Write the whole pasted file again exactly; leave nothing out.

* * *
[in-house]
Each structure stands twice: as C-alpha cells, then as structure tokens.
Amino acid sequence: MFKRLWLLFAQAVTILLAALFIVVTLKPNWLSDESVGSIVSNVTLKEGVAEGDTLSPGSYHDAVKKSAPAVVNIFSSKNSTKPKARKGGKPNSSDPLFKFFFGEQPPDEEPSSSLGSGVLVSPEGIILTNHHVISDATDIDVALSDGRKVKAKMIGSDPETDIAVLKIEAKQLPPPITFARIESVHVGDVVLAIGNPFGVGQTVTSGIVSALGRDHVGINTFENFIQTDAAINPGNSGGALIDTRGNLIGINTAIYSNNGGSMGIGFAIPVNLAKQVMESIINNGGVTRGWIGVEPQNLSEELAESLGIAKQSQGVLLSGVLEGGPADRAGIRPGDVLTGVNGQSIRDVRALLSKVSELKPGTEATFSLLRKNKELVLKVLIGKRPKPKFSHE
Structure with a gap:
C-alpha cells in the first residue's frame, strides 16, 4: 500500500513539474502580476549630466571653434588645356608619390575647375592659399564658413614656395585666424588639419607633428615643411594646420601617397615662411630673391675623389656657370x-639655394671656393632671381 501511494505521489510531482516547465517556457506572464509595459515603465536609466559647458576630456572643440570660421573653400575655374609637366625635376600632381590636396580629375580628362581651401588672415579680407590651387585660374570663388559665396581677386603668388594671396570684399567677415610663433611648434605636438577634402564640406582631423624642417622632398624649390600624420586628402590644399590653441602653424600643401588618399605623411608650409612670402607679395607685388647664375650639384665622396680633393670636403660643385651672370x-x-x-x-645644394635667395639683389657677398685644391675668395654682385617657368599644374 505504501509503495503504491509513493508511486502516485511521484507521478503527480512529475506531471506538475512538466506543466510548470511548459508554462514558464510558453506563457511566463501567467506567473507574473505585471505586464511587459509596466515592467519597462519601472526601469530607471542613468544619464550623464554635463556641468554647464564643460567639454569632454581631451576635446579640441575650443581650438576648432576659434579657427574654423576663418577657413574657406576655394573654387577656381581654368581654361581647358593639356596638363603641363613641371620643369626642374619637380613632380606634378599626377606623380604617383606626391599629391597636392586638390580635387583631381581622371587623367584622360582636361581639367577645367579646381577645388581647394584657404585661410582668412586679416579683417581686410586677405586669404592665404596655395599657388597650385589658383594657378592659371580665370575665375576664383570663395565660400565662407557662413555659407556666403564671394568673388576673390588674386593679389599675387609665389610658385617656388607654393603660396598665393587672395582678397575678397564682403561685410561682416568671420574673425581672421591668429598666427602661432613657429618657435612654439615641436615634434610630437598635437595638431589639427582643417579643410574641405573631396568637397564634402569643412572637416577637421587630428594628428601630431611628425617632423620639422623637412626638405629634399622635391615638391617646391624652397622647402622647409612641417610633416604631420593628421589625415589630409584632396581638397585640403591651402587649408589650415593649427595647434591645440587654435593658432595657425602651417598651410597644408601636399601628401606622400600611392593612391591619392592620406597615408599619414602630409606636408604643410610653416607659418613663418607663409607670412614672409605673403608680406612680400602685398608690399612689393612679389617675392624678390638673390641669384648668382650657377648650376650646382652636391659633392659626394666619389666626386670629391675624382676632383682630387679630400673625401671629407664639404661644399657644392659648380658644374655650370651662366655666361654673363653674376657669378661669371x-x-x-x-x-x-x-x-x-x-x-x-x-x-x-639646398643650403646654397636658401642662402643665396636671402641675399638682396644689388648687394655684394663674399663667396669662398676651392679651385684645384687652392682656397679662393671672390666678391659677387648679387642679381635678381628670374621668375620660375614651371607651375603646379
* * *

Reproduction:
[in-house]
Each structure stands twice: as C-alpha cells, then as structure tokens.
Amino acid sequence: MFKRLWLLFAQAVTILLAALFIVVTLKPNWLSDESVGSIVSNVTLKEGVAEGDTLSPGSYHDAVKKSAPAVVNIFSSKNSTKPKARKGGKPNSSDPLFKFFFGEQPPDEEPSSSLGSGVLVSPEGIILTNHHVISDATDIDVALSDGRKVKAKMIGSDPETDIAVLKIEAKQLPPPITFARIESVHVGDVVLAIGNPFGVGQTVTSGIVSALGRDHVGINTFENFIQTDAAINPGNSGGALIDTRGNLIGINTAIYSNNGGSMGIGFAIPVNLAKQVMESIINNGGVTRGWIGVEPQNLSEELAESLGIAKQSQGVLLSGVLEGGPADRAGIRPGDVLTGVNGQSIRDVRALLSKVSELKPGTEATFSLLRKNKELVLKVLIGKRPKPKFSHE
Structure with a gap:
C-alpha cells in the first residue's frame, strides 16, 4: 500500500513539474502580476549630466571653434588645356608619390575647375592659399564658413614656395585666424588639419607633428615643411594646420601617397615662411630673391675623389656657370x-639655394671656393632671381 501511494505521489510531482516547465517556457506572464509595459515603465536609466559647458576630456572643440570660421573653400575655374609637366625635376600632381590636396580629375580628362581651401588672415579680407590651387585660374570663388559665396581677386603668388594671396570684399567677415610663433611648434605636438577634402564640406582631423624642417622632398624649390600624420586628402590644399590653441602653424600643401588618399605623411608650409612670402607679395607685388647664375650639384665622396680633393670636403660643385651672370x-x-x-x-645644394635667395639683389657677398685644391675668395654682385617657368599644374 505504501509503495503504491509513493508511486502516485511521484507521478503527480512529475506531471506538475512538466506543466510548470511548459508554462514558464510558453506563457511566463501567467506567473507574473505585471505586464511587459509596466515592467519597462519601472526601469530607471542613468544619464550623464554635463556641468554647464564643460567639454569632454581631451576635446579640441575650443581650438576648432576659434579657427574654423576663418577657413574657406576655394573654387577656381581654368581654361581647358593639356596638363603641363613641371620643369626642374619637380613632380606634378599626377606623380604617383606626391599629391597636392586638390580635387583631381581622371587623367584622360582636361581639367577645367579646381577645388581647394584657404585661410582668412586679416579683417581686410586677405586669404592665404596655395599657388597650385589658383594657378592659371580665370575665375576664383570663395565660400565662407557662413555659407556666403564671394568673388576673390588674386593679389599675387609665389610658385617656388607654393603660396598665393587672395582678397575678397564682403561685410561682416568671420574673425581672421591668429598666427602661432613657429618657435612654439615641436615634434610630437598635437595638431589639427582643417579643410574641405573631396568637397564634402569643412572637416577637421587630428594628428601630431611628425617632423620639422623637412626638405629634399622635391615638391617646391624652397622647402622647409612641417610633416604631420593628421589625415589630409584632396581638397585640403591651402587649408589650415593649427595647434591645440587654435593658432595657425602651417598651410597644408601636399601628401606622400600611392593612391591619392592620406597615408599619414602630409606636408604643410610653416607659418613663418607663409607670412614672409605673403608680406612680400602685398608690399612689393612679389617675392624678390638673390641669384648668382650657377648650376650646382652636391659633392659626394666619389666626386670629391675624382676632383682630387679630400673625401671629407664639404661644399657644392659648380658644374655650370651662366655666361654673363653674376657669378661669371x-x-x-x-x-x-x-x-x-x-x-x-x-x-x-639646398643650403646654397636658401642662402643665396636671402641675399638682396644689388648687394655684394663674399663667396669662398676651392679651385684645384687652392682656397679662393671672390666678391659677387648679387642679381635678381628670374621668375620660375614651371607651375603646379